Intel, SwiftKey upgrade Stephen Hawking's communication technology

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It seems incredible to believe that of all the people on the planet, Stephen Hawking’s communication system has never used the sort of predictive typing found in modern smartphones, or even a backspace key. Now it does, via a partnership between Intel and Swiftkey.

Hawking, who suffers from an advanced stage of amyotrophic lateral sclerosis (also known as ALS or Lou Gehrig’s disease), communicates entirely through a text-based communication system controlled by his facial muscles. Up until now, the means of input has been a continually scrolling cursor that cycles through the letters of the alphabet, which Hawking “selected” by twitching a muscle in his cheek. That equated to about one or two words per minute, according to Intel chief technical officer Justin Rattner, in 2013

Intel and Hawking have worked together for more than a decade, and Intel has said that it’s tried to improve the communications system that Hawking and other ALS patients used. On Tuesday, Intel released the ACAT (Assistive Context Aware Toolkit) designed to do just that.

hawking library Intel

Stephen Hawking in his library at home.

In 2013, Hawking’s communication system consisted of a tablet PC with a forward-facing Webcam that he can use to place Skype calls, according to Scientific American. A black box beneath his wheelchair contains an audio amplifier and voltage regulators. It also has a USB hardware key that receives the input from an infrared sensor on Hawking’s eyeglasses, which detects changes in light as he twitches his cheek. A hardware voice synthesizer sits in another black box on the back of the chair and receives commands from the computer via a USB-based serial port.

Software improvements, not hardware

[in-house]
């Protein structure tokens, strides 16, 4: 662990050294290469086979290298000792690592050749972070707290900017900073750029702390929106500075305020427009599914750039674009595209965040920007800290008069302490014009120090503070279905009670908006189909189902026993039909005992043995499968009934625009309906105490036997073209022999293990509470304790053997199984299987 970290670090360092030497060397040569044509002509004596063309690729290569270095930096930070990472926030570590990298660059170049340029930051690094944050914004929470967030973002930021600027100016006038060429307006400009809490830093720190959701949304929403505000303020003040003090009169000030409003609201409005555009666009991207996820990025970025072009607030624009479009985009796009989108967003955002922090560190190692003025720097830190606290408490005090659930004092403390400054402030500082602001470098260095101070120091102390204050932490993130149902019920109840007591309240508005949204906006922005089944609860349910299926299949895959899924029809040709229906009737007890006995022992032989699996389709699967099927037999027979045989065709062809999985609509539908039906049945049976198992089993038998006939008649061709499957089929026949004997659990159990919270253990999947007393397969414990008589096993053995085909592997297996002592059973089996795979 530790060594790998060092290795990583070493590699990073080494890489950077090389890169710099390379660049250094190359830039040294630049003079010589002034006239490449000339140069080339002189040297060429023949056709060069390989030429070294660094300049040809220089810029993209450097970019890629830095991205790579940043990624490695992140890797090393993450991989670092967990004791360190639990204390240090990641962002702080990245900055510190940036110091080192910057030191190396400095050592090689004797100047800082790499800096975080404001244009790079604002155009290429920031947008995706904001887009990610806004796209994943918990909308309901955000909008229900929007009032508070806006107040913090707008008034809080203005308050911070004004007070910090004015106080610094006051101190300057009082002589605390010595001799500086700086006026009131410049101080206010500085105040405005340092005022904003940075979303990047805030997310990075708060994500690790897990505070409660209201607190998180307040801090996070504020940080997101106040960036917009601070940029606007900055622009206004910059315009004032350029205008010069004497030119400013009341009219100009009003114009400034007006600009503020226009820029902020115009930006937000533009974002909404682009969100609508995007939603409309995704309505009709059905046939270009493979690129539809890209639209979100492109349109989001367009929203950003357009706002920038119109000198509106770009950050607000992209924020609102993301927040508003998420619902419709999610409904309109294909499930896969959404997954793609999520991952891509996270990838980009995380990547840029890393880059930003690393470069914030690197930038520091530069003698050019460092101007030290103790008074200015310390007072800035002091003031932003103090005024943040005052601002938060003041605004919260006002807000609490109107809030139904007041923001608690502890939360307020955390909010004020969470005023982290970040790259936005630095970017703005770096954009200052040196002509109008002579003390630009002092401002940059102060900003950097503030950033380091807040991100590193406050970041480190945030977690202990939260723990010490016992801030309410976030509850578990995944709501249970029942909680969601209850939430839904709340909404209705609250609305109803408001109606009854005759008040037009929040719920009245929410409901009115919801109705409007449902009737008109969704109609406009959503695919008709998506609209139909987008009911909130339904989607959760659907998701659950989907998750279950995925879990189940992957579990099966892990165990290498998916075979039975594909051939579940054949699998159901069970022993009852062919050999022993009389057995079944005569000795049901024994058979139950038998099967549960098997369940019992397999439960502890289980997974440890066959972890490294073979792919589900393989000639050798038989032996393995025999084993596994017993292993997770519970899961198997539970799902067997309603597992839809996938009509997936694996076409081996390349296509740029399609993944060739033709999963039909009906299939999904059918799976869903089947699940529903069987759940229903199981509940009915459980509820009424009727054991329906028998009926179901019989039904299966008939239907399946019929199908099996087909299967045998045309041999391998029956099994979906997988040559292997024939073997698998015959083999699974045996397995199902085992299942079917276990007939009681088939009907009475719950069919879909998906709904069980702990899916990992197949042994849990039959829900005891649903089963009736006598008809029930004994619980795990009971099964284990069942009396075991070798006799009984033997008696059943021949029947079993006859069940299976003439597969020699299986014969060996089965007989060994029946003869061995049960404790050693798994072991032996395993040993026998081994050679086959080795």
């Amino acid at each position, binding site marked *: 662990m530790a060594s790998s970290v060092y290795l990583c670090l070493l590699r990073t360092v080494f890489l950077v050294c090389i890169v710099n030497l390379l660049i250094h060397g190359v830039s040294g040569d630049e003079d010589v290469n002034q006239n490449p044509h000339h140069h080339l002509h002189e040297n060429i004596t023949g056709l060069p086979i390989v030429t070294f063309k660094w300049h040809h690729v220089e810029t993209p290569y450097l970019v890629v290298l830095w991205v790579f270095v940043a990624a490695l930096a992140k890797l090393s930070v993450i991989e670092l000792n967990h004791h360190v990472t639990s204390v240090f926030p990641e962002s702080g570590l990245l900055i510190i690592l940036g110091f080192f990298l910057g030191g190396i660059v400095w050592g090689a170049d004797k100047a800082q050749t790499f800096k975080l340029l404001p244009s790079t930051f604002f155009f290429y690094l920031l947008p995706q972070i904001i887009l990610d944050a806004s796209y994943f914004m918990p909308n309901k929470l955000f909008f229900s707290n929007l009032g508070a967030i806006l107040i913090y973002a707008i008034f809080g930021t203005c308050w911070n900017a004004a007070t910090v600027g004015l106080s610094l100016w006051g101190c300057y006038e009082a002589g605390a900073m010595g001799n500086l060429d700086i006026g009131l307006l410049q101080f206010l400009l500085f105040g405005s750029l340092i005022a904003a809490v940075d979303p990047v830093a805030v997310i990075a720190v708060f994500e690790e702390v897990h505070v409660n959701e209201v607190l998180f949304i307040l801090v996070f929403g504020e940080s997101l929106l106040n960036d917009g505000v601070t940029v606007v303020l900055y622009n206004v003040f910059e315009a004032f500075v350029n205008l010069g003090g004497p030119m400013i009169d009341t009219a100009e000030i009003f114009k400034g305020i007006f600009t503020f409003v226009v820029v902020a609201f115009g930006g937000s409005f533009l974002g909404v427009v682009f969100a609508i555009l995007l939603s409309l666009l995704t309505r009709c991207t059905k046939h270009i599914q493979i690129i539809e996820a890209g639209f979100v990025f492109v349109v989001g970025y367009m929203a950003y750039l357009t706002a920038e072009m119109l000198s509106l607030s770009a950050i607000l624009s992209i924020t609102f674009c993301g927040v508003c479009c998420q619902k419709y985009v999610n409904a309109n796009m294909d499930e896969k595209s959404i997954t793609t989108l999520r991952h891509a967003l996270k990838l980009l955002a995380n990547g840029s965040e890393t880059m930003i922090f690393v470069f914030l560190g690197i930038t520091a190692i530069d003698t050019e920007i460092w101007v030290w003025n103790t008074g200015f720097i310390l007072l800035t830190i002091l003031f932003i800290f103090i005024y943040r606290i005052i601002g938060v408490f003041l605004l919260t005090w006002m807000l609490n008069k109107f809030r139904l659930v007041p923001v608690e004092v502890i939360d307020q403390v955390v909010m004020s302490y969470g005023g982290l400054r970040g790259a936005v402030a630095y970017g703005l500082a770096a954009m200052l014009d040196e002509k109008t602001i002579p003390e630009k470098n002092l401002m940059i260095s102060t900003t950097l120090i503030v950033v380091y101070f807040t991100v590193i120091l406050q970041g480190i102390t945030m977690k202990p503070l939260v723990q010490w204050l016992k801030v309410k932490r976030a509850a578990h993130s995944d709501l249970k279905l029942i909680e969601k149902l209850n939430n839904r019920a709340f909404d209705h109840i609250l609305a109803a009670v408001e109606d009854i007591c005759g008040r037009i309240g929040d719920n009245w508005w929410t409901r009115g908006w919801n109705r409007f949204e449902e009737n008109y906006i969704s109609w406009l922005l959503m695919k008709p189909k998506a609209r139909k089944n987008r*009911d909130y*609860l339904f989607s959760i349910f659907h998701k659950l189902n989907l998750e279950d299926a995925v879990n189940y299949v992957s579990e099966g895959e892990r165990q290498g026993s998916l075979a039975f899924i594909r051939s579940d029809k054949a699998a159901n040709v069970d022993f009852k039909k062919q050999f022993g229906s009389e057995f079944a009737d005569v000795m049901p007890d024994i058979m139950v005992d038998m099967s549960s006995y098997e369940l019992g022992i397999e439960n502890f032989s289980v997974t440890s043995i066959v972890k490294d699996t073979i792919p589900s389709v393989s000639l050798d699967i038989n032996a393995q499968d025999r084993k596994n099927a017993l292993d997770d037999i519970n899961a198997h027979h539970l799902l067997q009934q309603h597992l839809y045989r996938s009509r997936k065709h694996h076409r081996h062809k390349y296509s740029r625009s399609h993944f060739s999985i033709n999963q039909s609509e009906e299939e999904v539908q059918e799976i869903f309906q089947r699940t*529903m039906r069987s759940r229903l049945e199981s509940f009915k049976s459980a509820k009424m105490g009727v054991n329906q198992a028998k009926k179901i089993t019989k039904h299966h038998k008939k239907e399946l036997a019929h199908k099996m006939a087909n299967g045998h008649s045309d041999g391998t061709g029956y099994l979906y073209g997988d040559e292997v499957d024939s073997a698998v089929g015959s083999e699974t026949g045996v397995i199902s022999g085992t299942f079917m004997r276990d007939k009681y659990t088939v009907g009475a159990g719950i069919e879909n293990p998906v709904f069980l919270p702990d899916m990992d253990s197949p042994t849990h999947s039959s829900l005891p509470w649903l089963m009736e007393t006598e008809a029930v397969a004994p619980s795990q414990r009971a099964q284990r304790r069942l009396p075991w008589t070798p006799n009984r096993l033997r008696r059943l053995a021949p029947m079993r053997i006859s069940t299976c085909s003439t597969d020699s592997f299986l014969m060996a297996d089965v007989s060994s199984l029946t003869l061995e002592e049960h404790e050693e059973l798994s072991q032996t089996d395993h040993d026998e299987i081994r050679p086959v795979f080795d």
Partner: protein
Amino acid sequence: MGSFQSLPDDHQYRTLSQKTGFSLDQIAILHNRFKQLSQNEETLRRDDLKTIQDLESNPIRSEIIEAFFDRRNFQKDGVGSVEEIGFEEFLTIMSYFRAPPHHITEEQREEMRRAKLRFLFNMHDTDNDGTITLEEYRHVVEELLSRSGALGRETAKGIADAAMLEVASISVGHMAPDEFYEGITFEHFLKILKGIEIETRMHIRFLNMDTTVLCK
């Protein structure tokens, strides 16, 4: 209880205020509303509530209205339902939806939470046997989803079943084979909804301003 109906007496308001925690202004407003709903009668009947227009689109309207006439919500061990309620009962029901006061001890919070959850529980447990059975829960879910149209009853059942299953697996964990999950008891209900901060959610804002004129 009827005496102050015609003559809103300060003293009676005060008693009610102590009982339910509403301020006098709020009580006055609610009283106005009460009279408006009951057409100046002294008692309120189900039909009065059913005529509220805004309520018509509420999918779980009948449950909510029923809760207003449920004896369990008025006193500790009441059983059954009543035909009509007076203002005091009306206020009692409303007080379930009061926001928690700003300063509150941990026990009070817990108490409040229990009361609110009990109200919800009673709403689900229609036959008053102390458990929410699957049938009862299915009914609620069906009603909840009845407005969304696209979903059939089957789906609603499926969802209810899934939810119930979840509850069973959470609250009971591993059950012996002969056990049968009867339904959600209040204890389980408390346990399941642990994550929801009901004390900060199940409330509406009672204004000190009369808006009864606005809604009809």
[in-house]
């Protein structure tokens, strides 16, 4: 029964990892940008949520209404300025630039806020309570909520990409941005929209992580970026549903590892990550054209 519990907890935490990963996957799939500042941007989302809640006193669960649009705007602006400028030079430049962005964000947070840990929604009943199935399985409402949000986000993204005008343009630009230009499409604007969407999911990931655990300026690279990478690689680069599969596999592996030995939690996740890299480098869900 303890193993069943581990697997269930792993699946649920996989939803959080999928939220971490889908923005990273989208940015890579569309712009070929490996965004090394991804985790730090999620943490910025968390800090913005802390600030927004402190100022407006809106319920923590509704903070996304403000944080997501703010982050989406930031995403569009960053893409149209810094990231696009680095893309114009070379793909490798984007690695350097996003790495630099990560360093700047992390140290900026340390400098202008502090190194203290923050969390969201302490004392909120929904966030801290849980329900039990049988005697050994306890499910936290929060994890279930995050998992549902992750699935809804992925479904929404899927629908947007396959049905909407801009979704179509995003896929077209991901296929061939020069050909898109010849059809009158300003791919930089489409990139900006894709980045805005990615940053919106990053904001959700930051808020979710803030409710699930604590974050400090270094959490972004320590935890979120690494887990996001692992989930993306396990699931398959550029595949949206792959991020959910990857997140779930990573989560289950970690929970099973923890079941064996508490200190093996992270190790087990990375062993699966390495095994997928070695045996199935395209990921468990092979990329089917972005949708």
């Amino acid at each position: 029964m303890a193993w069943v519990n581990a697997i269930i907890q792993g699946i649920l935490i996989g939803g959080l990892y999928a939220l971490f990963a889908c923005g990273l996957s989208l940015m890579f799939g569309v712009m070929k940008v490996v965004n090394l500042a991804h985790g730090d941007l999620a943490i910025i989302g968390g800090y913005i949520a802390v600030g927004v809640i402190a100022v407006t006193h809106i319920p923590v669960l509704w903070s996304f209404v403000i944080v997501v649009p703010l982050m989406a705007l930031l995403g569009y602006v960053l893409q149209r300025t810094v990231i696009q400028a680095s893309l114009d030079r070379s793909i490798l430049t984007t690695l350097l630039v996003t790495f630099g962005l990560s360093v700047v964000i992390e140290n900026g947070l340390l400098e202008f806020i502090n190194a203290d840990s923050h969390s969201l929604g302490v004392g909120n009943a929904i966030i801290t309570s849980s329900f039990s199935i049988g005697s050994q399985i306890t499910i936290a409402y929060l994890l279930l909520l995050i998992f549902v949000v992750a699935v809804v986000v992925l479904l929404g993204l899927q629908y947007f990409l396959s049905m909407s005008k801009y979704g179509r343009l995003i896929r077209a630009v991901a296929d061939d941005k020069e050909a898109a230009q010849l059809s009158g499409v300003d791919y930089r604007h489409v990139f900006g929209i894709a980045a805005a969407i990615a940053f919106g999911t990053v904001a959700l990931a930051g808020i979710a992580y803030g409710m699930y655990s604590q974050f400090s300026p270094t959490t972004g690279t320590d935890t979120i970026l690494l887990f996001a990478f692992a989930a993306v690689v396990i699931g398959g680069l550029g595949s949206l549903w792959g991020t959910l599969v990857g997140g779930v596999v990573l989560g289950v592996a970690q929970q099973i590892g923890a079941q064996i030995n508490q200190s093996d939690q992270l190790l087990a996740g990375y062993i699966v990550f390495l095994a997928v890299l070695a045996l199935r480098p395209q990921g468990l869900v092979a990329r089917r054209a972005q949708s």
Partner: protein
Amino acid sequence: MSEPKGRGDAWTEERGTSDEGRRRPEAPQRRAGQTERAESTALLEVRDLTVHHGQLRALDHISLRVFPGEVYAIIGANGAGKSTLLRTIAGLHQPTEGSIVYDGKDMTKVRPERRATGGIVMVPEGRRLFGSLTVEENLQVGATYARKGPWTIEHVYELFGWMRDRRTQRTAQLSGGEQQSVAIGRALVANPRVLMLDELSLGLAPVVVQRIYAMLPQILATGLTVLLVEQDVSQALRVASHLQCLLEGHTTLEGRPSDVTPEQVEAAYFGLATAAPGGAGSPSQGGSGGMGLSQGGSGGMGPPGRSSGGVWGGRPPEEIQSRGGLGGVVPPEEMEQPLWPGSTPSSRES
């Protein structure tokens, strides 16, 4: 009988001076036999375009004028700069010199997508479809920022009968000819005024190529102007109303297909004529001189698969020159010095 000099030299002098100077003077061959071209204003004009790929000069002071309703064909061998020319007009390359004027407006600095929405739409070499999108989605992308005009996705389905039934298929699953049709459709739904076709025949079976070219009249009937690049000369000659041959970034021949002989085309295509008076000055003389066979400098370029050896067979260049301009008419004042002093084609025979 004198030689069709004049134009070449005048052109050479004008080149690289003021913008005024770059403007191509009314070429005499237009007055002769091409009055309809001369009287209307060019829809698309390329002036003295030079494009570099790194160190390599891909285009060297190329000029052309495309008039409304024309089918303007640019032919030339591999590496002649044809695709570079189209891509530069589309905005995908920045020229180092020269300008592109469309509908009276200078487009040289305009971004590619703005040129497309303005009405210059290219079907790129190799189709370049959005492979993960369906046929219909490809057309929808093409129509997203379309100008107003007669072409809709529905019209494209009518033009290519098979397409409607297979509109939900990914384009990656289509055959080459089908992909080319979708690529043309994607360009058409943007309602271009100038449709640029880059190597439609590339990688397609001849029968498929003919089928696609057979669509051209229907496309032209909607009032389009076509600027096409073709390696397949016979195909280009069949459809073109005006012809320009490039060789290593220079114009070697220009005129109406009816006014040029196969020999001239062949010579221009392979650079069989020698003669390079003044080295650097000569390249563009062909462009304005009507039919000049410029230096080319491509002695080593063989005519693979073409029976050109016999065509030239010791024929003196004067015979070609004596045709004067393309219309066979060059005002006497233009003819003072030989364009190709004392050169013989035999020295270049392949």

ACAT doesn’t improve the hardware, but rather the software used to interpret Hawking’s facial movements into computer commands. ACAT has doubled Hawking’s typing speed. It's also achieved a 10-times improvement in common tasks, such as moving a mouse and opening email—true challenges for someone who can’t push a mouse around. Intel prepared a video showing off the system in action. 

WiredUK reports that initially, Intel thought about EEG sensors, gestures, or other complex ways of communicating that could actually convey more data in less amounts of time. That didn’t work, however: EEG sensors weren’t able to pick up the signals they needed from Hawking’s brain, and Hawking—a man who has never operated an iPhone—wasn’t quite sure initially how to use predictive text, as he preferred his slow, but precise, typing method. Gaze sensors failed, too, blocked by Hawking’s drooping eyelids.

Intel moved to a combination of predictive text input, as well as algorithms that suggest “hole” after “black," for example. A backspace key can also delete text and back out of operations. 

As ALS is a progressively degenerative disease, Hawking’s ability to communicate is decreasing. Predictive input will become more of a necessity as the disease advances. Before 2008, Hawking could type 15 words a minute, using a thumb clicker. Now, at 78, he is too weak to use it. What Intel and Hawking hope, however, is that the new system will help Hawking communicate for as long as he can. 

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